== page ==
iOS Development with .NET

Three years ago I blogged about the “iPhone bringing the Internet to your pocket”.  And now we have the iPad, the target device for most innovation in tablet apps.

If, like me, you’re keen to build iOS apps but are primarily a Microsoft developer and are daunted by the learning curve of a whole new platform, then MonoTouch might be for you: http://monotouch.net/

MonoTouch is a bridge between .NET and the native iOS API called CocoaTouch.  It exposes the CocoaTouch as a .NET library so you can write code in C# instead of Objective-C. This gives you access to all the native CocoaTouch GUI widgets and a whole bunch of regular .NET libraries.


This is really neat!  Have a look at the Hello World tutorial to get a better feel of MonoTouch: http://monotouch.net/Tutorials/MonoDevelop_HelloWorld

Tips & Tools

Dealing with “Server Not Found” Errors and Flaky DNS Servers

I get a lot of random “Server Not Found” errors while browsing from my home connection:


In Chrome, the error is:

The server at http://www.google.com can’t be found, because the DNS lookup failed. DNS is the network service that translates a website’s name to its Internet address. This error is most often caused by having no connection to the Internet or a misconfigured network. It can also be caused by an unresponsive DNS server or a firewall preventing Google Chrome from accessing the network.

After a lot of frustration and some digging around I discovered that this was caused by my ISP’s flaky DNS servers.

It turns out that our friend Google has a free service called Google Public DNS that I can use in place of my ISP’s flaky servers:


There are actually more legitimate uses for Google Public DNS:


Now ever so often my ISP will terminate my session and I have to log in via a web interface, which doesn’t come up properly if I’m using Google’s public DNS servers.  So then I have to switch my ISP’s DNS servers:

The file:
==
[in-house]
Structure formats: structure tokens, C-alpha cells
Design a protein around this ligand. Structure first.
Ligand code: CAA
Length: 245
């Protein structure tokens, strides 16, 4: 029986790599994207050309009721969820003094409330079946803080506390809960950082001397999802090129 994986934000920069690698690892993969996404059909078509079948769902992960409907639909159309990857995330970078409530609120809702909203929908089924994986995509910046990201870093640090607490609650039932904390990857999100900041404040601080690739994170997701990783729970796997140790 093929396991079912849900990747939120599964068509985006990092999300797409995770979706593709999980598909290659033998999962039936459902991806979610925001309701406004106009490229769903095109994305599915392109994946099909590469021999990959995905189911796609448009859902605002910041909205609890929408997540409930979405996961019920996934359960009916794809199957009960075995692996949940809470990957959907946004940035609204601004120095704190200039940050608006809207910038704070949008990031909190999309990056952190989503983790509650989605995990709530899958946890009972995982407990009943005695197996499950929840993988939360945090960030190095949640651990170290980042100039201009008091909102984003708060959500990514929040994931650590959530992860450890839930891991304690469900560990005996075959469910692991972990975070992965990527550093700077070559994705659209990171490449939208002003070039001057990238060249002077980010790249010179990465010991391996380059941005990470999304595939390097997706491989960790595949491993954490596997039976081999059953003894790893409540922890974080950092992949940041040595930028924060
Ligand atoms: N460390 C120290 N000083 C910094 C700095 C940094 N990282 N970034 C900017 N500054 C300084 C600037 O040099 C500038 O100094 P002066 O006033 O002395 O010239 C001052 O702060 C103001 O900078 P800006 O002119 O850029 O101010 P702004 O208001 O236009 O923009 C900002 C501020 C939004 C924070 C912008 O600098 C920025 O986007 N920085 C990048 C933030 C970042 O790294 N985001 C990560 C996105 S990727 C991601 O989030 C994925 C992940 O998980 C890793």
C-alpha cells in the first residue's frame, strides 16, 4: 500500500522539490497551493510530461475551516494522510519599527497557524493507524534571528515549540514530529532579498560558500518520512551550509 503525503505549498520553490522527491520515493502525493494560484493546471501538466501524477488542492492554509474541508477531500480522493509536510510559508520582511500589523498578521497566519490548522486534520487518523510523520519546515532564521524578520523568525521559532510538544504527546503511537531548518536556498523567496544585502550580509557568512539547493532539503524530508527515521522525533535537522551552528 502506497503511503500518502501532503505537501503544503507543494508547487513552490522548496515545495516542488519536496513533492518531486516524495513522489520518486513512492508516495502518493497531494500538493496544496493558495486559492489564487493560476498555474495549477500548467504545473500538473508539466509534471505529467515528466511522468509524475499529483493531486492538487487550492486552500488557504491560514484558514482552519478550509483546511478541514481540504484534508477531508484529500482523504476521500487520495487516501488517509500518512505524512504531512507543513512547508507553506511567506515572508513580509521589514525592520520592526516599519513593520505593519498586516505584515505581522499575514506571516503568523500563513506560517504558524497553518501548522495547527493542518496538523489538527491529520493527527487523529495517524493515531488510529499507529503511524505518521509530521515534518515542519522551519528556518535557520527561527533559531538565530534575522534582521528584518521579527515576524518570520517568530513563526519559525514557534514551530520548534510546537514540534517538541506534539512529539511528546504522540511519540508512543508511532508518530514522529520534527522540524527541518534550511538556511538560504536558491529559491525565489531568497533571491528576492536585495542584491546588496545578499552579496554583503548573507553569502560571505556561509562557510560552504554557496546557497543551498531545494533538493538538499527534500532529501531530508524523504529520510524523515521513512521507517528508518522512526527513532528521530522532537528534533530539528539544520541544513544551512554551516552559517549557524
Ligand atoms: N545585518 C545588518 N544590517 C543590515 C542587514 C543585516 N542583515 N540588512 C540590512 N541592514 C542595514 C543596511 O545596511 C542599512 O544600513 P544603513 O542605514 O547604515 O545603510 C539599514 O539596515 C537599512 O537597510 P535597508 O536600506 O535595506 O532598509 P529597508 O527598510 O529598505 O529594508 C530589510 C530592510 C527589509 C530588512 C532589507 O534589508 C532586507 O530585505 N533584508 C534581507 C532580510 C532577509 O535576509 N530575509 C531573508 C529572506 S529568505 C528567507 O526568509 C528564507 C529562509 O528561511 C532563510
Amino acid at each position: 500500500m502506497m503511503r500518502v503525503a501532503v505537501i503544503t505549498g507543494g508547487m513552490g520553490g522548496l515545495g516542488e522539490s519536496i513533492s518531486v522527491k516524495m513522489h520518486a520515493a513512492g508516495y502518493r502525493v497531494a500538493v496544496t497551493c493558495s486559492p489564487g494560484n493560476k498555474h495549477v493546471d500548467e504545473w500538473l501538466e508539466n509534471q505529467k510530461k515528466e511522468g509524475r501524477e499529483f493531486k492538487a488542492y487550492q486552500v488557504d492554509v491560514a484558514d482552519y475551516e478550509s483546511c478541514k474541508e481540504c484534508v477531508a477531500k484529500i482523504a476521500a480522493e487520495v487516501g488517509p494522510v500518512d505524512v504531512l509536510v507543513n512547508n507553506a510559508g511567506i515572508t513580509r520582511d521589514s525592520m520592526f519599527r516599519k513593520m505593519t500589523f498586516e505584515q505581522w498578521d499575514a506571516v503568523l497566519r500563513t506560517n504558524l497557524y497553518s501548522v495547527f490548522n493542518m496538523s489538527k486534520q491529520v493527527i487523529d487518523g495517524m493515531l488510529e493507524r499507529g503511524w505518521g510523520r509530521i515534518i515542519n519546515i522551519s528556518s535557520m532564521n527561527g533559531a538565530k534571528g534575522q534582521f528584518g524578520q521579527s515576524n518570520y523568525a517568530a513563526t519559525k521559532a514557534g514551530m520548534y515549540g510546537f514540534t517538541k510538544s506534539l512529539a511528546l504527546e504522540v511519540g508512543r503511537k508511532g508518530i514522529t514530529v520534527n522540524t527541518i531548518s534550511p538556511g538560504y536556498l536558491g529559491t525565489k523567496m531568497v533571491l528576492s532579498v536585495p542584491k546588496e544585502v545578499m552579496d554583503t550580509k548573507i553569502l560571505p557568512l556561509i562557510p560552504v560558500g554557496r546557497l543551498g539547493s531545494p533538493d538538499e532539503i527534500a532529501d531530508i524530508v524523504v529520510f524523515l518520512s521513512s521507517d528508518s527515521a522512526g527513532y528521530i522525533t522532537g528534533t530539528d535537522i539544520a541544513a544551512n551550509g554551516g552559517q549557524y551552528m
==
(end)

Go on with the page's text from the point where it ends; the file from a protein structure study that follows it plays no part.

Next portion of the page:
All this switching can be quite a pain, but it can be automated. There is a command line tool called netsh.exe that can be used to modify the network configuration.

So I created two batch files, one for switching to Google’s DNS servers…

netsh interface ip set dns "Wireless Network Connection 6" static primary
netsh interface ip add dns "Wireless Network Connection 6"

…and one for switching back to my ISPs DNS servers…

netsh interface ip set dns "Wireless Network Connection 6" source=dhcp
Note that you would need to change “Wireless Network Connection 6” in the commands above to whatever your connection is called.


Hope you find this useful!
Trends & Strategy

Mobile Strategy: Why You Shouldn’t Ignore Windows Phone

In case you missed it, Microsoft and Nokia announced a strategic mobile partnership in February a few days after Nokia CEO Elop’s scathing memo to employees.

Some key points to note:

  • Nokia will adopt Windows Phone as its primary smartphone strategy, innovating on top of the platform in areas such as imaging, where Nokia is a market leader.
  • Nokia will help drive and define the future of Windows Phone. Nokia will contribute its expertise on hardware design, language support, and help bring Windows Phone to a larger range of price points, market segments and geographies.
  • Nokia’s extensive operator billing agreements will make it easier for consumers to purchase Nokia Windows Phone services in countries where credit-card use is low.